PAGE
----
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ASCLS eNewsBytes
Jan. 13, 2009
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42 States Hit By Salmonella
from Time magazine
Federal officials have not yet identified the cause of a salmonella outbreak striking almost 400 people in 42 states, but state officials in Minnesota said they believe peanut butter may be involved. The Minnesota Department of Health said preliminary laboratory testing found salmonella bacteria in a 5-pound container of King Nut brand creamy peanut butter. More

Thermo Scientific

Gene Fusions May Drive Certain Cancers
from The Washington Post
Researchers say they have discovered genes in prostate cancer cells that fuse when their chromosomes trade places with each other, an occurrence that may initiate the development of some cancers. The mutations, identified by researchers at the University of Michigan Comprehensive Cancer Center, appear only in cancer cells, a finding that may serve as a marker for diagnosing cancer or a target for future treatment drugs. More

Director of Disease Control Centers Resigns
from The Associated Press via The New York Times
Dr. Julie L. Gerberding has resigned as director of the Centers for Disease Control and Prevention and will be replaced on an interim basis by a deputy as of Jan. 20. Her resignation was announced in an e-mail message to employees. Gerberding, the first woman to direct the agency, led the C.D.C. through a post-Sept. 11 world of bioterrorism fears and was considered an effective communicator with legislators and the public. More

High Insulin Levels Raise Risk of Breast Cancer in Postmenopausal Women
from Science Daily
Higher-than-normal levels of insulin place postmenopausal women at increased risk of breast cancer, researchers at Albert Einstein College of Medicine of Yeshiva University report. Their findings, published in the Jan. 7 issue of the Journal of the National Cancer Institute, suggest that interventions that target insulin and its signaling pathways may decrease breast cancer risk in these women. More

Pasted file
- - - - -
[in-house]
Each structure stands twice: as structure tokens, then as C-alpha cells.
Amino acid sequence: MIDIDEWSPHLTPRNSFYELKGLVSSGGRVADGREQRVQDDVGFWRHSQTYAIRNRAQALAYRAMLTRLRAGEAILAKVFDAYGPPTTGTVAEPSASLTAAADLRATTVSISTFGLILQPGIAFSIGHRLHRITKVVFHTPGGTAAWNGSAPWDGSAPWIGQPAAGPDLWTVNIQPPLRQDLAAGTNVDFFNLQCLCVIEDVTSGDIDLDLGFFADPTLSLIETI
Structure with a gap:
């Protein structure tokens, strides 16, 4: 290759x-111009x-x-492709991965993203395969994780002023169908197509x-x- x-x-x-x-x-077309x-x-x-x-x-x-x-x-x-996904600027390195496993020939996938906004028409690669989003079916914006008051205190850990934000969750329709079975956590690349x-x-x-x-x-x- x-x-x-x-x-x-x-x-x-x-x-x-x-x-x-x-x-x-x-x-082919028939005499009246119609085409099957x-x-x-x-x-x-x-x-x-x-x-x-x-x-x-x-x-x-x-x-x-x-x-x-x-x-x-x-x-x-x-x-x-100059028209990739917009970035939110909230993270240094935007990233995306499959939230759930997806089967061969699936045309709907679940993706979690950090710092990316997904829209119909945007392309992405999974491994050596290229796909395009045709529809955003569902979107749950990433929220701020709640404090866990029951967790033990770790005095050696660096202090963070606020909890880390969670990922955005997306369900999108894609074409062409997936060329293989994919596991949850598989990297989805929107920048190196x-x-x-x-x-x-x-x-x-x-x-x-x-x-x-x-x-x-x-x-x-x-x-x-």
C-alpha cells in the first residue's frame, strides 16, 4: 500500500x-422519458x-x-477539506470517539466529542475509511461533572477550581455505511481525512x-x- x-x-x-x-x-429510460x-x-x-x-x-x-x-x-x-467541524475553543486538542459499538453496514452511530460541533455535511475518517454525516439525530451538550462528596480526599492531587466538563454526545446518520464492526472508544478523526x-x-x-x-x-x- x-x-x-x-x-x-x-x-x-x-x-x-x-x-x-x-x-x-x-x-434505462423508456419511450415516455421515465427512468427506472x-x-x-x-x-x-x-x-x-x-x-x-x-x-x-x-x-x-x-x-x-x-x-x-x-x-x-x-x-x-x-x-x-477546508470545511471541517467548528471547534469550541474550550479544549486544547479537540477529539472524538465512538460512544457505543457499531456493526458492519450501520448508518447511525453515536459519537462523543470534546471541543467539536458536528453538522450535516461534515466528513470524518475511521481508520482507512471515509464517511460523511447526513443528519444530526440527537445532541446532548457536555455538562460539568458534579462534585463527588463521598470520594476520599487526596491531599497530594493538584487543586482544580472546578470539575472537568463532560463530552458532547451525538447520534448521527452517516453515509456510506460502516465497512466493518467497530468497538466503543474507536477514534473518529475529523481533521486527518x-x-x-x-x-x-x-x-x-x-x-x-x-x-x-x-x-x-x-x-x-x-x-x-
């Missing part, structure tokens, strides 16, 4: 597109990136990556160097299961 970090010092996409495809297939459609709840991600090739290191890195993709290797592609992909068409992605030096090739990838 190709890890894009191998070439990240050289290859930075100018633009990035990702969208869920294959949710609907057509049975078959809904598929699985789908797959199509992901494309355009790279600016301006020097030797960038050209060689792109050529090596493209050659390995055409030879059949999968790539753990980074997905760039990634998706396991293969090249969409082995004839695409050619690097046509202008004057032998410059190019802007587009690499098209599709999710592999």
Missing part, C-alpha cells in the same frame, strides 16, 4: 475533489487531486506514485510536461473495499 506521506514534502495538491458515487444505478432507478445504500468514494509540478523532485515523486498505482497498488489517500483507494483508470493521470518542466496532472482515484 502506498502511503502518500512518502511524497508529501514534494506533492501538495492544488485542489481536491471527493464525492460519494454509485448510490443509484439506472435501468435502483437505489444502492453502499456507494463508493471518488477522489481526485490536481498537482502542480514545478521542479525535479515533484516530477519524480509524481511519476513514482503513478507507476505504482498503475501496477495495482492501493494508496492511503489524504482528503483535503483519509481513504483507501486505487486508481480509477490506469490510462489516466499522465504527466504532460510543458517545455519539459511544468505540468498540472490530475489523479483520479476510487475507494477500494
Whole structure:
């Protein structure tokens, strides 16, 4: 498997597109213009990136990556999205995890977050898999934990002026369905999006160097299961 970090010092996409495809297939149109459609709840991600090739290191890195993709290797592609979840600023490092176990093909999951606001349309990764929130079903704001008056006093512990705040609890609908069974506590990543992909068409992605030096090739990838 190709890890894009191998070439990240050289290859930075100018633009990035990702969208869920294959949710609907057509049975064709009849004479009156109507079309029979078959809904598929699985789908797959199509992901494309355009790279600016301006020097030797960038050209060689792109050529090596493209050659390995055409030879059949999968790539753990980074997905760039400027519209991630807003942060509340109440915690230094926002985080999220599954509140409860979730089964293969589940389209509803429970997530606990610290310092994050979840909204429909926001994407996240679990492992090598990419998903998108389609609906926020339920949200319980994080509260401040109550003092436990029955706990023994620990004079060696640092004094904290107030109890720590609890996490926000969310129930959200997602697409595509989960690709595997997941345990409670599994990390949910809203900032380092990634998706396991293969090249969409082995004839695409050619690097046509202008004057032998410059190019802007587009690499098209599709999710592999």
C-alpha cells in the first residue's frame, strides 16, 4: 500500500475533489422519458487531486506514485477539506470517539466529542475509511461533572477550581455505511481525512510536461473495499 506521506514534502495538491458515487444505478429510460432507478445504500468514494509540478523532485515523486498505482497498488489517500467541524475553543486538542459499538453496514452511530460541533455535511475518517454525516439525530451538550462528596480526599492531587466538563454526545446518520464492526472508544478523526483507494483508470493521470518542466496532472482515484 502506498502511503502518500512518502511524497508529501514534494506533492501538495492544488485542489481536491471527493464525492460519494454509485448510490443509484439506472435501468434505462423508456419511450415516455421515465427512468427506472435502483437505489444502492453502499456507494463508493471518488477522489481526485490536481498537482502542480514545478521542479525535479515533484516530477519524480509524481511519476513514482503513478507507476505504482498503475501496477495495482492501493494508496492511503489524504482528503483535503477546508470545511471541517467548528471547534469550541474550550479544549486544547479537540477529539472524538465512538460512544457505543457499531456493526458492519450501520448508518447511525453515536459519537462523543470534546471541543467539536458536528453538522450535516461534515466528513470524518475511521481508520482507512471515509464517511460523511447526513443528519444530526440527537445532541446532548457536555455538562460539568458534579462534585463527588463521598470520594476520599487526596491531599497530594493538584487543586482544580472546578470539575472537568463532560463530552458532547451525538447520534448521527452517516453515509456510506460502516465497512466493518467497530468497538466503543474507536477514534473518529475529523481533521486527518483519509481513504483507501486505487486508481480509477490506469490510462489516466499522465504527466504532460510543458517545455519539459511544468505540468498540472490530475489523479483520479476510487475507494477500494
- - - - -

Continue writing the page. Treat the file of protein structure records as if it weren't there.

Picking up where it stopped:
Stem Cell Discovery Could Mean Faster Healing
from CNN International
Researchers have found a way to prompt bone marrow to release a flood of certain stem cells which could help heart attack patients recover faster. The technique could also be adapted to speed up the repair of broken bones and to treat patients suffering autoimmune diseases including rheumatoid arthritis. More

Women Can Smell a Man's Intentions
from U.S. News & World Report
The twinkle in his eye, his swagger, that sexy smile all are clear signs he's in the mood. And, at least subconsciously, a woman can also tell by the scent of his sweat, according to new research. More

Polymedco

Study Finds More Effective Treatment for Pneumonia Following Influenza
from Infection Control Today
Scientists at St. Jude Children's Research Hospital have demonstrated a more effective treatment for bacterial pneumonia following influenza. They found that the antibiotics clindamycin and azithromycin, which kill bacteria by inhibiting their protein synthesis, are more effective than a standard first-line treatment with the "beta-lactam" antibiotic ampicillin, which causes the bacteria to lyse, or burst. The finding is important because pneumonia, rather than the influenza itself, is a principal cause of death from influenza in children and the elderly. More

Smarter Men Have More Sperm
from U.S. News & World Report
Women tend to like smart men because they're usually more successful and better providers. But here's another reason: Their sperm is better, a new study says. The smarter the men were, the more sperm they produced and the better their wee ones swam and it didn't matter how old the men were or whether they smoked, drank or were obese. More

Tuberculosis Bacteria Co-opt Body's Defenses to Gain Foothold
from Infection Control Today
Tuberculosis bacteria can commandeer the body's defenses in the early stages of infection and redirect them for their own offensive strategies, according to results reported in the scientific journal Cell. The dense granulomas characteristic of TB were originally thought to thwart infection by walling-off newly invading tuberculosis bacteria and preventing their spread. More

CCTA Bests Traditional Risk Assessment Tools for Predicting Plaque Burden
from Health Imaging & IT
Coronary risk stratification using a risk factor only-based scheme is a weak discriminator of the overall atherosclerotic plaque burden in individual patients compared to coronary CT angiography, according to a study published in the January issue of the American Journal of Roentgenology. More




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